For the next several months training was 6 days per week most of the time, consisting of take-offs and landings -- 20 to 30 per day on those days. Skip bombing, was when we would fly over water (20-30 feet above) and drop a practice bomb and let it skip over water to the target (used mostly against shipping). Buzzing, as it was called, was when we would fly 30 to 40 feet above the target and drop delayed-action bombs. Crew members took over plane controls for a short period of time, strafing targets with 50-caliber weapons. The maximum altitude for the B-25 was about 13 - 14 thousand feet. We practiced bombing from that altitude plus 4-5-6 thousand feet. We had gunnery practice for crew members -- my position for gunnery practice was in a turret (movable 180 degrees) with a dome in the center of the plane. The engineer operated the turret just behind the pilot. The radio operator operated guns in the center of the plane. During one phase of training we were assigned on a temporary basis to Myrtle Beach, SC. There was nothing there at that time except two runway tarpaper shacks and a very small town -- lots of heat.

I don't remember exactly how long we trained as a crew -- I'm guessing 4 to 5 months. Columbia, SC. was a city of 50 to 60 thousand. An infantry base was there with 85,000 troops and an Air Force base with approximately 2,000 troops. Is it any wonder the town paid little attention to troops?

On one occasion while there, someone caught a Mexican stealing from his own barrack mates -- first time and last that I have seen a person tarred, feathered and rode on a log all over camp. In this day and age the person who prompted the punishment would be treated the same way.

We left Columbia the first or second week in January. Two or three stops en route to San Francisco -- from San Francisco we flew to Sacramento where all armament was removed -- 500 gallon tank inserted in the bomb bay -- flew to Los Angeles for several days while this was completed. Took off from San Francisco near the end of June. It was a 23-hour flight to Hickam Field in Hawaii -- that is from Hamilton Field, San Francisco. We stayed in Hawaii for about one week while all equipment was reinstalled. From there we stopped en route to Australia at the following places Christmas Island, Fiji Islands, Celebes Islands and maybe one other, which now I cannot recall. All of those stops were for one night only.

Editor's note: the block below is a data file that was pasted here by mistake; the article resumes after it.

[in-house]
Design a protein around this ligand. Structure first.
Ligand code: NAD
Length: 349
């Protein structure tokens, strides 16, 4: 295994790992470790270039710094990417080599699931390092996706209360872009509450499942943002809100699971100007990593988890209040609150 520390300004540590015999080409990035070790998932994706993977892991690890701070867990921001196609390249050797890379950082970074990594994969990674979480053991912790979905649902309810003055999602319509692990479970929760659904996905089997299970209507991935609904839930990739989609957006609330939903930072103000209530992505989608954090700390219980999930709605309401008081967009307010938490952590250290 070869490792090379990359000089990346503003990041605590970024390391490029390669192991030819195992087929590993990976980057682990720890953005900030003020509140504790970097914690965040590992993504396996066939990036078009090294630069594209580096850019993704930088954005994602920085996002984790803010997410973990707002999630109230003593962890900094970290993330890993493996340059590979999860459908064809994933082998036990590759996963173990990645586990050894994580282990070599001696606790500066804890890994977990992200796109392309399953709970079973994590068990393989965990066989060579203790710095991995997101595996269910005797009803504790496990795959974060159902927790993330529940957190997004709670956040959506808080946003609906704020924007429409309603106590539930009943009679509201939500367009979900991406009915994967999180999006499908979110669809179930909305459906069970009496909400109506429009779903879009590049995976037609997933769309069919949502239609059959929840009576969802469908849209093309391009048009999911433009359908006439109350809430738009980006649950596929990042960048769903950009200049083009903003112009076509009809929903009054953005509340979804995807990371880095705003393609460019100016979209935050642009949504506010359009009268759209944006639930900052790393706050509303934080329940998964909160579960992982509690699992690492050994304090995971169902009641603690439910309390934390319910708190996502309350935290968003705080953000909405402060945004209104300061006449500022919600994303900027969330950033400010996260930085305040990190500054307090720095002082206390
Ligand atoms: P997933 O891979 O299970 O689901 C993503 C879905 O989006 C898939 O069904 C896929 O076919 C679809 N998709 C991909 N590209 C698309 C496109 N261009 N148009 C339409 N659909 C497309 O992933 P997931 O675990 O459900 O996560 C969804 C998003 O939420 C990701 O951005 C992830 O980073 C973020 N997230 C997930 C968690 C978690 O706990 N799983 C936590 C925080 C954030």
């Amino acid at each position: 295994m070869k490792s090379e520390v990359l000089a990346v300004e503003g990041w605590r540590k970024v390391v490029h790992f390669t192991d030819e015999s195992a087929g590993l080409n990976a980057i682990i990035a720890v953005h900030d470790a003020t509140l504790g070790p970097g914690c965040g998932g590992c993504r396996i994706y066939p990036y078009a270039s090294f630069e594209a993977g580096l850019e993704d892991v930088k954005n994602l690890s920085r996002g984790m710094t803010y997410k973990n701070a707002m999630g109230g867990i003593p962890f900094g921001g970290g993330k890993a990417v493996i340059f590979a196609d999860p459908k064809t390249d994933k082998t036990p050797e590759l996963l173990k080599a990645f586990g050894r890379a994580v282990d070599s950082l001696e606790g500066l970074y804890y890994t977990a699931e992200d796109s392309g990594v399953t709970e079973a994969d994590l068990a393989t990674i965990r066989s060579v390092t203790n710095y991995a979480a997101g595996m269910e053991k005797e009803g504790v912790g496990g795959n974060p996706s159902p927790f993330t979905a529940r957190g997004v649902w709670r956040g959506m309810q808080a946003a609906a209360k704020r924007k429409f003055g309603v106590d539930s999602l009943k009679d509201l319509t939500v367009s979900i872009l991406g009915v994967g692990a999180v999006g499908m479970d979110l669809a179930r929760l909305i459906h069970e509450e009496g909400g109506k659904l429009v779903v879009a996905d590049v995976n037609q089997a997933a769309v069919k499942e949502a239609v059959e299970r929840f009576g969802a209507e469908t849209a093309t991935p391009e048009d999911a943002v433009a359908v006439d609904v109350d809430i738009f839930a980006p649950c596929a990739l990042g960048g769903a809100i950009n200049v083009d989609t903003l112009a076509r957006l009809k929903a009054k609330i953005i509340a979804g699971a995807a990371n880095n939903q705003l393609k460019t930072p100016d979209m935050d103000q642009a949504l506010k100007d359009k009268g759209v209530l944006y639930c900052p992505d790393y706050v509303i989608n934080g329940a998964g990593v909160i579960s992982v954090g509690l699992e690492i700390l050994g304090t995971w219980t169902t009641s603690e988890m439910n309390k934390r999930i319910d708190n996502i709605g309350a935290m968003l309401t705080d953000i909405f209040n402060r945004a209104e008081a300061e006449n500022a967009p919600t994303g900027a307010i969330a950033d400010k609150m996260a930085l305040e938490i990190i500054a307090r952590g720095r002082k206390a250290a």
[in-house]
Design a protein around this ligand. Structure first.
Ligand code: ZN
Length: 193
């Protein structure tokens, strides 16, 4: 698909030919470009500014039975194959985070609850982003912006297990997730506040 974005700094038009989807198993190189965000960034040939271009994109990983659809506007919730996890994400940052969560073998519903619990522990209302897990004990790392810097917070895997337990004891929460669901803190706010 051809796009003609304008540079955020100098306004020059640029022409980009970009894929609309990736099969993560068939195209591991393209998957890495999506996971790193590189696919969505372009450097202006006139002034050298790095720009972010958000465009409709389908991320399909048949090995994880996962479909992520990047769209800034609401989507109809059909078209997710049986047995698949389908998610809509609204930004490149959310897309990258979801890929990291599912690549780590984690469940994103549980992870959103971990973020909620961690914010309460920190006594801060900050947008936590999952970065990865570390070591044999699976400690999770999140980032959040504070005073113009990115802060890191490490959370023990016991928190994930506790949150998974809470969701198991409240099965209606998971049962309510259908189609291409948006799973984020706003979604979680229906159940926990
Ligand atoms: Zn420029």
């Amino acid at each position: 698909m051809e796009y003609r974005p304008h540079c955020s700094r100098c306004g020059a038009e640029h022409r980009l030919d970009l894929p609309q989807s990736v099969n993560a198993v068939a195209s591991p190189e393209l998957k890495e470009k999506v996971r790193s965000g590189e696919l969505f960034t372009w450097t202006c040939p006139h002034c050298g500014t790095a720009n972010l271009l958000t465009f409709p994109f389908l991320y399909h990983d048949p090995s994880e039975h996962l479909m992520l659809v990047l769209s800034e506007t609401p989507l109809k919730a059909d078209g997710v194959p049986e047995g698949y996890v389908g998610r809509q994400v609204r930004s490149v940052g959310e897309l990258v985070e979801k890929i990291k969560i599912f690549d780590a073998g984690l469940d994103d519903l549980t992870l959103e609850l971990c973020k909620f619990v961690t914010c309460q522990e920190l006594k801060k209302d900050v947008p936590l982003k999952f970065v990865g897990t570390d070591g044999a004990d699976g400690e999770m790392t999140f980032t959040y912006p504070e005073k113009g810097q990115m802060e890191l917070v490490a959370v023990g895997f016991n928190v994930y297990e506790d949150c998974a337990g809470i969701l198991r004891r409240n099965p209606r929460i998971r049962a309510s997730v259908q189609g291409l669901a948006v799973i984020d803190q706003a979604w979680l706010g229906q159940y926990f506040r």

Our first stop in Aussie Land was Brisbane. I had become a member of the 5th Air Force, Southwest Pacific - 22nd Bomb Group, 33rd Squadron. There are 4 squadrons to a bomb group -- ours were the 408th, 19th, 2nd and 33rd. A couple of days later we were 2 to 3 hours from Townsville, Australia -- about the size of Richard City. The squad and group had some men that had been in New Guinea and Townsville from late January 1942 and they were very glad to see us. The group had been the only group ready for combat when war started and left Langley Field in VA on December 8, 1941. A short time later we flew to Port Moresby, New Guinea and the next day flew on our first bombing mission to a Jap base called Wewak. Mosquitoes were so bad in the evening they called it Mosquito Hollow. No way you could sleep without a mosquito net. Day temperatures reached as much as 110 degrees, but you had to have a blanket after 8, 9 or 10 o'clock at night. Eating consisted of many types of make-believe rations -- dehydrated peas, carrots, melted sugar for syrup, artificial lemonade (of course no ice). On rare occasions fresh eggs and toast and also on occasion a decent meal.

This was the beginning of 42 combat missions in which I participated.

(Written by Dad in July 1997)

Dad died September 8, 1997, just months after the above was written.


During Korea, Charles Dallas was an Airplane Armorer Gunner 612 in the United States Air Force, enlisting on 4/23/1948 and discharged under a Dependency or Hardship order on 2/2/1949.


The following newspaper article appeared in the South Pittsburg Hustler.



Charles Dallas Duggar graduated South Pittsburg grammar school on 4/30/1937. He graduated from South Pittsburg High School on 5/23/1941, having obtained credits in

Algebra - 2

Medieval & Modern History - 1

English Grammar - 1

American History - 1

Rhetoric - 1

Music - 1

American Literature - 1

French - 1

English Literature - 1

General Science - 1

Latin Grammar & Composition - 1

Biology - 1

Caesar - 1

Shop Work - 1


Charles Dallas, known by friends as Dallas and by business associates as Charlie (never Chuck, he hated that name). Also never allowed anyone to refer to his children as "kids", saying that kids were goats and he wasn't raising a bunch of goats. Dad was born on March 4, 1923 at 1205 AM. He and his brother Joe were fondly known as the dread of South Pittsburg and were always in some sort of mischief or another.

Dad graduated from grammar school on 4/30/1937 and from South Pittsburg High School on 5/23/1941, just shy of 4 months before the Japanese bombed Pearl Harbor, Hawaii to bring the United States into World War II.

In October 1941, Dad read an ad in the Post Office in South Pittsburg and headed for Washington, DC to take the Civil Servant's Exam for the Post Office. At 18, he was with his Aunt Ola, in Washington, DC. delivering mail in the Civil Service Commission Building at 17th and E Streets. During that period he met co-workers Leonard Ritchie and Fred McReynolds and subsequently moved in with them.

In March of 1942, Dad enlisted in the Navy, but was rejected because of a double hernia and therefore, disqualified. He had the hernia operation in Richard City for $150.00 and the doctors told Charlie (his father) that he died on three separate occasions during the operation. He eventually enlisted in the Army, tested for the Air Corp. A perfect score was 150; Dad scored 129 and was accepted into the Air Corp.